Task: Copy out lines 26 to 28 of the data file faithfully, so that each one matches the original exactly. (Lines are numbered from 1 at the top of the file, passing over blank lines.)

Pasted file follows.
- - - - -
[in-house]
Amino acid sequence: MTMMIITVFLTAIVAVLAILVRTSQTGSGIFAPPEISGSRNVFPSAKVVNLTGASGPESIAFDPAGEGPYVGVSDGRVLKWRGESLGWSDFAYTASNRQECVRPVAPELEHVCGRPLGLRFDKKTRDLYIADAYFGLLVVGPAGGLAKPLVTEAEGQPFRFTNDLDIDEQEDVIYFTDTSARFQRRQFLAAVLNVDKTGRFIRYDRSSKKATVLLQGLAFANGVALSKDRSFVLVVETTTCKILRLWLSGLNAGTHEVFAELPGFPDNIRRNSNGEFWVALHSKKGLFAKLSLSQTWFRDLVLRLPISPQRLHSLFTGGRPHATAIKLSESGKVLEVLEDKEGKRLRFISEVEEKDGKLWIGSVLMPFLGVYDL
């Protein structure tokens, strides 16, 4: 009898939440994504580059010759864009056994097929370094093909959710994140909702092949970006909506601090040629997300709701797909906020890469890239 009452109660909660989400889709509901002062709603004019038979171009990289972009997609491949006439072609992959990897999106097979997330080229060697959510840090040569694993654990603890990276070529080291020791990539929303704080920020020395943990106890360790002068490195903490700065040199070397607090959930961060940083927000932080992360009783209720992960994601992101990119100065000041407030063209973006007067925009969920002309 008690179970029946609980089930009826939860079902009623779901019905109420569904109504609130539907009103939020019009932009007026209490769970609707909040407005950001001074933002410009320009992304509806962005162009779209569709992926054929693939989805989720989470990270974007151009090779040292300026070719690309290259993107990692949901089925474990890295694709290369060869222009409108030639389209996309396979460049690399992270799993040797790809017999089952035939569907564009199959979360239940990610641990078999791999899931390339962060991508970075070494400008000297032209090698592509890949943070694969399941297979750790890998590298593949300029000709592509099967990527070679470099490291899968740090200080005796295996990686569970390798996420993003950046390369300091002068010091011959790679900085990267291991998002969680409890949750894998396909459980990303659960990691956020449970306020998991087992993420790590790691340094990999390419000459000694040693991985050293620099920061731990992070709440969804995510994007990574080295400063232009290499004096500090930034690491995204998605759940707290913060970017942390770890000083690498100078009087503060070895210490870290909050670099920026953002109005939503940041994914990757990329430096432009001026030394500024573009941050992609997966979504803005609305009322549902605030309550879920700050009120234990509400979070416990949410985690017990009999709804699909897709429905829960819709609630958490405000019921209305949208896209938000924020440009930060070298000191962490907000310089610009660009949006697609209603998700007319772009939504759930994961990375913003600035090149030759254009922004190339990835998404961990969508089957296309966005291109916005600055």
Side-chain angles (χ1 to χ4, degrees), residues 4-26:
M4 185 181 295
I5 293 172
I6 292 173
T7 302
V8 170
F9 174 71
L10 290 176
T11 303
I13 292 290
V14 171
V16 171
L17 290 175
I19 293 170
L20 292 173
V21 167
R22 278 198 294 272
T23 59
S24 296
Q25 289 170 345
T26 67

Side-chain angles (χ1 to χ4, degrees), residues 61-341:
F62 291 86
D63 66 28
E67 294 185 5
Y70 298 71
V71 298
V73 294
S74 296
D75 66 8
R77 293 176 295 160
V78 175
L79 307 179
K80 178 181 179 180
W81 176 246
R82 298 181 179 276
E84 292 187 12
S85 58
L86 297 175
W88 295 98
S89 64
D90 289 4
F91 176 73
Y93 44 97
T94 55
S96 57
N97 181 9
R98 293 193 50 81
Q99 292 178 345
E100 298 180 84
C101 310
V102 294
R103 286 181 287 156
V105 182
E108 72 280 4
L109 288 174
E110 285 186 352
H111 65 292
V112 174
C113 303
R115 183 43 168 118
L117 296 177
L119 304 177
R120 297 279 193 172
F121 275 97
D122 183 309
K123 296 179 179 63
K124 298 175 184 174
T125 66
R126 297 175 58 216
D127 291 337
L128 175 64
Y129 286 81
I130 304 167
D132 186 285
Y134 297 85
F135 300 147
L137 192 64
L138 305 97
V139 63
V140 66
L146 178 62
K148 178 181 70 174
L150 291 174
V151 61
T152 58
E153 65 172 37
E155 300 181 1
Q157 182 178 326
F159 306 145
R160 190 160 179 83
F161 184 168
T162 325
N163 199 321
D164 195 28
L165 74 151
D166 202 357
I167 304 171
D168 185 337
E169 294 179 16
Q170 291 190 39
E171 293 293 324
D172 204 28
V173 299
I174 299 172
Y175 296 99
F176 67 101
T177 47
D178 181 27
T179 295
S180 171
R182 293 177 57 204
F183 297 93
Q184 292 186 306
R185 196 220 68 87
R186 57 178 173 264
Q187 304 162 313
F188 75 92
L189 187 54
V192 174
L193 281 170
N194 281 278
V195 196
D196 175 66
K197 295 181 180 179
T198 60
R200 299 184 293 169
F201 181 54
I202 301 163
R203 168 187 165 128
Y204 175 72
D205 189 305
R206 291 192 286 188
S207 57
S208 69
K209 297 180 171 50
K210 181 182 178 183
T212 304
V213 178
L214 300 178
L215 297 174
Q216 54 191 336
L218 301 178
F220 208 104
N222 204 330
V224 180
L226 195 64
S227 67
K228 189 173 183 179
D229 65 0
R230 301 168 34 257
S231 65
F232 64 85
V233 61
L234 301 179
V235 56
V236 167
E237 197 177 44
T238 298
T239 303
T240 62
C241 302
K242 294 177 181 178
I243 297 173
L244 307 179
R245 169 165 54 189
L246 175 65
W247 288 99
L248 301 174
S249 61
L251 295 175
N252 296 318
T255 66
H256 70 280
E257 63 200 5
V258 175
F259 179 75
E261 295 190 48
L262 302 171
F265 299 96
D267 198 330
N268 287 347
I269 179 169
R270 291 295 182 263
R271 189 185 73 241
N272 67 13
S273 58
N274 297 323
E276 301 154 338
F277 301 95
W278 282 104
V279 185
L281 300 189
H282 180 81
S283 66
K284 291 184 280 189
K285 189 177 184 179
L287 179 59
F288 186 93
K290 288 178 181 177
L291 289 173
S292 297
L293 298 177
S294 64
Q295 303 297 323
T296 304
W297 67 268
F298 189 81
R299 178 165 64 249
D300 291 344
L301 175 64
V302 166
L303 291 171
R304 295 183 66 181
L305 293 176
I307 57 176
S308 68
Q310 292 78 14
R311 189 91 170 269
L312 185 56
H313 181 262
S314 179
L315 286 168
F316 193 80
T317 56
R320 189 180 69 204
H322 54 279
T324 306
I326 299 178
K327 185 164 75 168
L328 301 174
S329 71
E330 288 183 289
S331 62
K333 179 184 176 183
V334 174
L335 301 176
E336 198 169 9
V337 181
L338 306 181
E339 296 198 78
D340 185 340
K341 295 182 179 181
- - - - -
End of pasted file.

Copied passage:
F62 291 86
D63 66 28
E67 294 185 5